"The thing is you moved from Rifle to escape it, and now it's coming here," Kuretich added. "Exactly. Exactly," responded Johnson.
Daniel Feldman of CHC opened the Paonia and Crawford meetings. Feldman said the group is "protecting people and their environment from irresponsible oil and gas development in the Delta County region." He stated the BLM did not realize that one parcel nominated for lease was right next to Crawford School.
The BLM has complete discretion to remove some or all of the parcels from lease, Feldman said. "There are already thousands of acres of land in this area that has already been leased and has yet to be developed," he said. "Everyone including the oil and gas industry acknowledges there are some risks in development. We are here to say to BLM that it makes no sense to risk these particular 30,000 acres when they are so close to our watersheds, our towns, our schools, our farms, our ranches, our roads and our views. Why take such a risk with this beautiful and vulnerable valley?"
Alex Johnson is a new VISTA volunteer working with NWCC for the next year. He spent two weeks placing the boundary lines of the parcels on the Google Earth maps of the proposed lease sites. He showed the video at each of the three meetings. The audience at both Paonia and Crawford appeared to be stunned by the sheer amount of land proposed for oil and gas development and how the parcels are right on top of the towns, the Paonia Reservoir, watersheds and recreational and hunting areas.
"It's unbelievable to see the leases laid out on our landscape." said Crawford resident Ellie Goldstein "It shows the enormity of this project's impact."
To see the aerial video Johnson produced, go online to www.theconservationcenter.org.
Pete Kolbenschlag of Mountain West Strategies spoke about the Resource Management Plan from 1989. He said the RMP is "incapable of protecting the resources. It never looked at water sources, water supplies, irrigation canals, agriculture. It didn't look at how Mancos soil is erodible and what it means to develop in those areas, steep slopes, geologic hazards. Those are standard things in land use plans."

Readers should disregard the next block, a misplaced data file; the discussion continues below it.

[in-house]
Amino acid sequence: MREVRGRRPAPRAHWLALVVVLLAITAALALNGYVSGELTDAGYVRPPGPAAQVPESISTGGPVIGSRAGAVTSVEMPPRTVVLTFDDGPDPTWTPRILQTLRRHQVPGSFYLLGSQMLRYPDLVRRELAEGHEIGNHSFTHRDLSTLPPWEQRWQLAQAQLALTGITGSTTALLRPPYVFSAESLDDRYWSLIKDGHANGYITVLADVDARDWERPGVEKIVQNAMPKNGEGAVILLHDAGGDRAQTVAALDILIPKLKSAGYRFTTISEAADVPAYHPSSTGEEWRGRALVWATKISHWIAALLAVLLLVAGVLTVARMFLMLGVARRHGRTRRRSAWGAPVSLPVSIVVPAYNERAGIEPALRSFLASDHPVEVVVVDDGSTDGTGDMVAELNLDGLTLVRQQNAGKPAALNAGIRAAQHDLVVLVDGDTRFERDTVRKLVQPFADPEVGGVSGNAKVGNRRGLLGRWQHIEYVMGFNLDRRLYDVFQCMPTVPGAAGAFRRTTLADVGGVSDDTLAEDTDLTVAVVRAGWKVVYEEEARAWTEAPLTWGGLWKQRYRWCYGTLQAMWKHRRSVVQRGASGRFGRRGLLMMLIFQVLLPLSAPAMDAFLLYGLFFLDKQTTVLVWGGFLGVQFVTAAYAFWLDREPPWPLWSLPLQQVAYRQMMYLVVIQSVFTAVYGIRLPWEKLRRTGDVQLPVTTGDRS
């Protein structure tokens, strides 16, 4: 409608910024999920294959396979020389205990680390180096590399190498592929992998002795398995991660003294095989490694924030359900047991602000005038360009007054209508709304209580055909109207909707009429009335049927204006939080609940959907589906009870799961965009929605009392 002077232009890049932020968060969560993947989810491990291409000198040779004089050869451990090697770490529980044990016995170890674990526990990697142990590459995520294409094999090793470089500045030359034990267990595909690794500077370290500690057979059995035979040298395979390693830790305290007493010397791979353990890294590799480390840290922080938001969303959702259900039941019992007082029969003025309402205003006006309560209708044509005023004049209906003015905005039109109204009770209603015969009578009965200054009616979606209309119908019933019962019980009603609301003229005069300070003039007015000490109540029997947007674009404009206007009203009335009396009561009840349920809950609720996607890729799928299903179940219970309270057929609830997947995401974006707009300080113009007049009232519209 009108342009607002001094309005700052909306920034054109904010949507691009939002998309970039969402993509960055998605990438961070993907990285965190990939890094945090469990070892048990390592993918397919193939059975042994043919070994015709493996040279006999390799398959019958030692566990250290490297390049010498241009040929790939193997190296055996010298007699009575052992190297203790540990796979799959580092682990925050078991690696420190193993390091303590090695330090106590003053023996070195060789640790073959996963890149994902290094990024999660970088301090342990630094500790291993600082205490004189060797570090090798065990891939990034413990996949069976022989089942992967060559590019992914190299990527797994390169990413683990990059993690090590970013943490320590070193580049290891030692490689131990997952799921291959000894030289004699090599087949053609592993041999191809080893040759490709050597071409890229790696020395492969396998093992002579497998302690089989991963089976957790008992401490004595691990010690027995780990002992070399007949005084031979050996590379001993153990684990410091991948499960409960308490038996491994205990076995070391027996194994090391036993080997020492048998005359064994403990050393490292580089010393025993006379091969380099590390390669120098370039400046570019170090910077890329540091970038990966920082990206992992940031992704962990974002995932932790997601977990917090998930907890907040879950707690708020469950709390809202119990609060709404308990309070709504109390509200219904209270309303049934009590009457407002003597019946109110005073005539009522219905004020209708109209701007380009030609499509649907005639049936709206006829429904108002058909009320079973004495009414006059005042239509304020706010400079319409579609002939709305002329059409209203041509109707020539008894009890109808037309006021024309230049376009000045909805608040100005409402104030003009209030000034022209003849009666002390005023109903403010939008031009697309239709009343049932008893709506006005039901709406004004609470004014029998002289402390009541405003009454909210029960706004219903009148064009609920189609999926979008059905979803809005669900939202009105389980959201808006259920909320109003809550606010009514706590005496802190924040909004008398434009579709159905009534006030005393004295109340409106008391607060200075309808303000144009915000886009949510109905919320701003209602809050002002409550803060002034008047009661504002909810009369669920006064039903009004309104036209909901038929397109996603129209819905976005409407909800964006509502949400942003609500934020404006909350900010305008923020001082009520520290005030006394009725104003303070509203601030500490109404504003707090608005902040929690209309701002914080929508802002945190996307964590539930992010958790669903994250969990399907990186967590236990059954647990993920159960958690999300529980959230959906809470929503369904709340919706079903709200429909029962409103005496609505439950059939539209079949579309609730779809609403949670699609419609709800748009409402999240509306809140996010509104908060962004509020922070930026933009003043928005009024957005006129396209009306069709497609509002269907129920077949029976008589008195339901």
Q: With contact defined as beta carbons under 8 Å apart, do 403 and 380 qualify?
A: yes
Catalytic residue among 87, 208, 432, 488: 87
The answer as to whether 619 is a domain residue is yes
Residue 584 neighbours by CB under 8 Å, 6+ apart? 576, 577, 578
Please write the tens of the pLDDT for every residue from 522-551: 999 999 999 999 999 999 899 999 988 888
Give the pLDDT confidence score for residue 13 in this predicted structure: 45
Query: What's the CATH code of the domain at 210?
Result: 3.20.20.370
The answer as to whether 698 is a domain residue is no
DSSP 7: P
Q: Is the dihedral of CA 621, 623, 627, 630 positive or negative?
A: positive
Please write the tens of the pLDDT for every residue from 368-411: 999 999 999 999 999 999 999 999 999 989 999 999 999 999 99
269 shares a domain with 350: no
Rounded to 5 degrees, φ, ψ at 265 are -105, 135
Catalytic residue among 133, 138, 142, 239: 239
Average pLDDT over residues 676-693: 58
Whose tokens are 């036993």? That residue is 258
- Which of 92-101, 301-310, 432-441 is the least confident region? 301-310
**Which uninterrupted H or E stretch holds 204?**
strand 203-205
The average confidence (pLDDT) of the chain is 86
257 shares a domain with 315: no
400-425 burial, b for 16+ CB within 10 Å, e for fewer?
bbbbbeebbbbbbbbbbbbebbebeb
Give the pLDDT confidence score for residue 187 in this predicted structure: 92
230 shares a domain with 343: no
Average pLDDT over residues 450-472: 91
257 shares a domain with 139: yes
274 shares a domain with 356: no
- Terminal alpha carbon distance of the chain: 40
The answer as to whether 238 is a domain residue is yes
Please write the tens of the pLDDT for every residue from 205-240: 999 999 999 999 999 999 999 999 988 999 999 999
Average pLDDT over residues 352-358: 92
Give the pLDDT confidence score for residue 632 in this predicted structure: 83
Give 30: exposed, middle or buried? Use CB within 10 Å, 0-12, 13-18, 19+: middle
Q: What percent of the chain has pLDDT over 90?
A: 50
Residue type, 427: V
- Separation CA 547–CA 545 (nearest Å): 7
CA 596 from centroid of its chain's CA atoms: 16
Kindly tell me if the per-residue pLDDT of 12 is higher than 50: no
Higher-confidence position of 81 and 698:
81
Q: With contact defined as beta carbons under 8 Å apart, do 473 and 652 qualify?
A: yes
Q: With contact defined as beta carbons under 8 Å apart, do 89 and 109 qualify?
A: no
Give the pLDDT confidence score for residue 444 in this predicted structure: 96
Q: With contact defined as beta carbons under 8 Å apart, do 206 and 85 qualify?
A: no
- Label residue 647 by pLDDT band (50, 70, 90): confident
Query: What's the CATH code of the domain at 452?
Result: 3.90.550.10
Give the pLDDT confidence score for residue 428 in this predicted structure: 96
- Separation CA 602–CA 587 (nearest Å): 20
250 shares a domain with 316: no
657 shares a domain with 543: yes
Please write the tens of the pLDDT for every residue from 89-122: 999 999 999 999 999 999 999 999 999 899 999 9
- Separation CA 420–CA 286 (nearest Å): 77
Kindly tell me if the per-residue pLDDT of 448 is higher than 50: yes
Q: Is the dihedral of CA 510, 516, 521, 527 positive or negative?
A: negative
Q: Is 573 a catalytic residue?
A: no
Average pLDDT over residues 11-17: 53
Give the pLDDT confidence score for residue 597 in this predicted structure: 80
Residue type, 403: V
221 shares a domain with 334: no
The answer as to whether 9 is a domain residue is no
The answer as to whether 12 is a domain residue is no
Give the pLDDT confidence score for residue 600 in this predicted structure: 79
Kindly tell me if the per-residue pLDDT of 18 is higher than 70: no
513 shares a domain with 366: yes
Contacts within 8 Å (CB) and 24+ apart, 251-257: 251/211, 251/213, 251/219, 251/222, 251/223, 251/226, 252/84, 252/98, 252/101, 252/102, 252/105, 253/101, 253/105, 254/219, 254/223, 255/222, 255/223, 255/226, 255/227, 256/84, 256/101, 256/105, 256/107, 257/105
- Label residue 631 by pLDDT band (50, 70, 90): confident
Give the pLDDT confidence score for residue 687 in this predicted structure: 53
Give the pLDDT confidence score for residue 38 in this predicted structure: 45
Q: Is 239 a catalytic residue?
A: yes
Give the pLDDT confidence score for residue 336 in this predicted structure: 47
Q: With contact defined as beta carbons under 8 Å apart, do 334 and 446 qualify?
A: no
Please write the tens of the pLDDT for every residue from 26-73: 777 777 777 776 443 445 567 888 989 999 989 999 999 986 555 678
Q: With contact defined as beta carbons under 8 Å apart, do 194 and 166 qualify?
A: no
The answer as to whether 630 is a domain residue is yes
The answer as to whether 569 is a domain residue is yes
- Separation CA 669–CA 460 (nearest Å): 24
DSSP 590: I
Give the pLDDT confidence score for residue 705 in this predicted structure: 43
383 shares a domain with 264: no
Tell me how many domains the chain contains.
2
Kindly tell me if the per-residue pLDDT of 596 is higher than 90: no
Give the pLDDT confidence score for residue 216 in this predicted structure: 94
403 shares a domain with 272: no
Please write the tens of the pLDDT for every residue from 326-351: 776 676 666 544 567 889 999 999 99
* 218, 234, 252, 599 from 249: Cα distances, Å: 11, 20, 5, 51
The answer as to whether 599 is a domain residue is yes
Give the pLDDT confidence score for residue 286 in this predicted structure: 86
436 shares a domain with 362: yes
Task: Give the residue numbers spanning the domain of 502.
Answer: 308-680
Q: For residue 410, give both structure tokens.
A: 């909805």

NWCC executive director Sarah Sauter said, "It is particularly important that the BLM suspend judgment on these parcels until all the facts are in. When the new Resource Management Plan comes out we can have an educated and informed dialogue about responsible energy development in the North Fork Valley. Until then, the stakes are too high to make such a big decision.
A new RMP is due in 2013.
Doug Gill, a journalist specializing in the oil and gas industry, has questioned why these parcels were nominated. He writes, "The geology is all wrong. This far south, on the edge of the Piceance Basin, the gas bearing formations are too close to the surface, letting the hydrocarbons drain away. For example, the Mancos Shale is a Piceance target up north in Garfield and Rio Blanco counties in basin center; down here it's a desert known as the Dobies." Then he states, "If gas were found, drilling and producing it would lose money due to the nationwide gas glut that has cut Denver prices from $9/Mcf (thousand cubic feet) in 2008 to $3/Mcf today." He pointed out that a pipeline cover charge of approximately $80 million would be necessary "to gain the right to lose money producing gas."
Some commented on the fact that no one from the oil and gas industry spoke at the meetings. Whoever nominated these parcels has chosen to have their identity kept secret until two days after the Aug. 9 sale. It is known that one person nominated all the parcels in the North Fork and Smith Fork and another individual nominated the parcels in Gunnison County. It is possible for the BLM to nominate the parcels themselves if they need revenue. No one spoke on behalf of the BLM at the meetings.blog comments powered by Disqus